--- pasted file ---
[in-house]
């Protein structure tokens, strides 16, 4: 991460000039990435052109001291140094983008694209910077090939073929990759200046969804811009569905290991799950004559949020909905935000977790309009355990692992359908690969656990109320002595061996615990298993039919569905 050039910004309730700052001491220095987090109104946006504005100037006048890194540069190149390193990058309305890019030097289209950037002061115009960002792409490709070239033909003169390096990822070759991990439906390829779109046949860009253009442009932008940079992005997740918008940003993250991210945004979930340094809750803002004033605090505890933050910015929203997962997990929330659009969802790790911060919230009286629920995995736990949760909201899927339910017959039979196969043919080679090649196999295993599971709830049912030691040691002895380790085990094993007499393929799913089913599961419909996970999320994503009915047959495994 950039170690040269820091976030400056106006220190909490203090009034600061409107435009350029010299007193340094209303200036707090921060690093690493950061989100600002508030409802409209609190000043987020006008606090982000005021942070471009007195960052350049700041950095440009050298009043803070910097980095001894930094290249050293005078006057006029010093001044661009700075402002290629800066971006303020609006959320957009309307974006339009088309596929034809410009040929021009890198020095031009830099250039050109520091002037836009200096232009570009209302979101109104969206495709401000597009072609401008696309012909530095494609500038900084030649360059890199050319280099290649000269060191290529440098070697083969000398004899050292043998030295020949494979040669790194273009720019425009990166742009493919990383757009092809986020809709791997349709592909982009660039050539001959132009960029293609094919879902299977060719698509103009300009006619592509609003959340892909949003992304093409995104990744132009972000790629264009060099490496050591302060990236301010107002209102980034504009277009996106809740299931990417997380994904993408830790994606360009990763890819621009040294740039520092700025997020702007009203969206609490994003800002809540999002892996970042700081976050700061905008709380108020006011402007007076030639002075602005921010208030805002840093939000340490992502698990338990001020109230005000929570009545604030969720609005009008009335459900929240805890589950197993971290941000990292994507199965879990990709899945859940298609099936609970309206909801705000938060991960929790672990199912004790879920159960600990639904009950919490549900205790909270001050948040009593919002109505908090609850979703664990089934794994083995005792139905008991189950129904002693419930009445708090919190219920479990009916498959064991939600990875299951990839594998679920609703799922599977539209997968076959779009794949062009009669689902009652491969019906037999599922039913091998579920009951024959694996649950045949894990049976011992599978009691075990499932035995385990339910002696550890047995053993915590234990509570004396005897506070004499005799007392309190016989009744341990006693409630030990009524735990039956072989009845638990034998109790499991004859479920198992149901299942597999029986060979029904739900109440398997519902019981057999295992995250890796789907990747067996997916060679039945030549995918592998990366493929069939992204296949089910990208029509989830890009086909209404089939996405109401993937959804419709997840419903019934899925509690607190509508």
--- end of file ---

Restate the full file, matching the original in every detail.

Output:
[in-house]
């Protein structure tokens, strides 16, 4: 991460000039990435052109001291140094983008694209910077090939073929990759200046969804811009569905290991799950004559949020909905935000977790309009355990692992359908690969656990109320002595061996615990298993039919569905 050039910004309730700052001491220095987090109104946006504005100037006048890194540069190149390193990058309305890019030097289209950037002061115009960002792409490709070239033909003169390096990822070759991990439906390829779109046949860009253009442009932008940079992005997740918008940003993250991210945004979930340094809750803002004033605090505890933050910015929203997962997990929330659009969802790790911060919230009286629920995995736990949760909201899927339910017959039979196969043919080679090649196999295993599971709830049912030691040691002895380790085990094993007499393929799913089913599961419909996970999320994503009915047959495994 950039170690040269820091976030400056106006220190909490203090009034600061409107435009350029010299007193340094209303200036707090921060690093690493950061989100600002508030409802409209609190000043987020006008606090982000005021942070471009007195960052350049700041950095440009050298009043803070910097980095001894930094290249050293005078006057006029010093001044661009700075402002290629800066971006303020609006959320957009309307974006339009088309596929034809410009040929021009890198020095031009830099250039050109520091002037836009200096232009570009209302979101109104969206495709401000597009072609401008696309012909530095494609500038900084030649360059890199050319280099290649000269060191290529440098070697083969000398004899050292043998030295020949494979040669790194273009720019425009990166742009493919990383757009092809986020809709791997349709592909982009660039050539001959132009960029293609094919879902299977060719698509103009300009006619592509609003959340892909949003992304093409995104990744132009972000790629264009060099490496050591302060990236301010107002209102980034504009277009996106809740299931990417997380994904993408830790994606360009990763890819621009040294740039520092700025997020702007009203969206609490994003800002809540999002892996970042700081976050700061905008709380108020006011402007007076030639002075602005921010208030805002840093939000340490992502698990338990001020109230005000929570009545604030969720609005009008009335459900929240805890589950197993971290941000990292994507199965879990990709899945859940298609099936609970309206909801705000938060991960929790672990199912004790879920159960600990639904009950919490549900205790909270001050948040009593919002109505908090609850979703664990089934794994083995005792139905008991189950129904002693419930009445708090919190219920479990009916498959064991939600990875299951990839594998679920609703799922599977539209997968076959779009794949062009009669689902009652491969019906037999599922039913091998579920009951024959694996649950045949894990049976011992599978009691075990499932035995385990339910002696550890047995053993915590234990509570004396005897506070004499005799007392309190016989009744341990006693409630030990009524735990039956072989009845638990034998109790499991004859479920198992149901299942597999029986060979029904739900109440398997519902019981057999295992995250890796789907990747067996997916060679039945030549995918592998990366493929069939992204296949089910990208029509989830890009086909209404089939996405109401993937959804419709997840419903019934899925509690607190509508």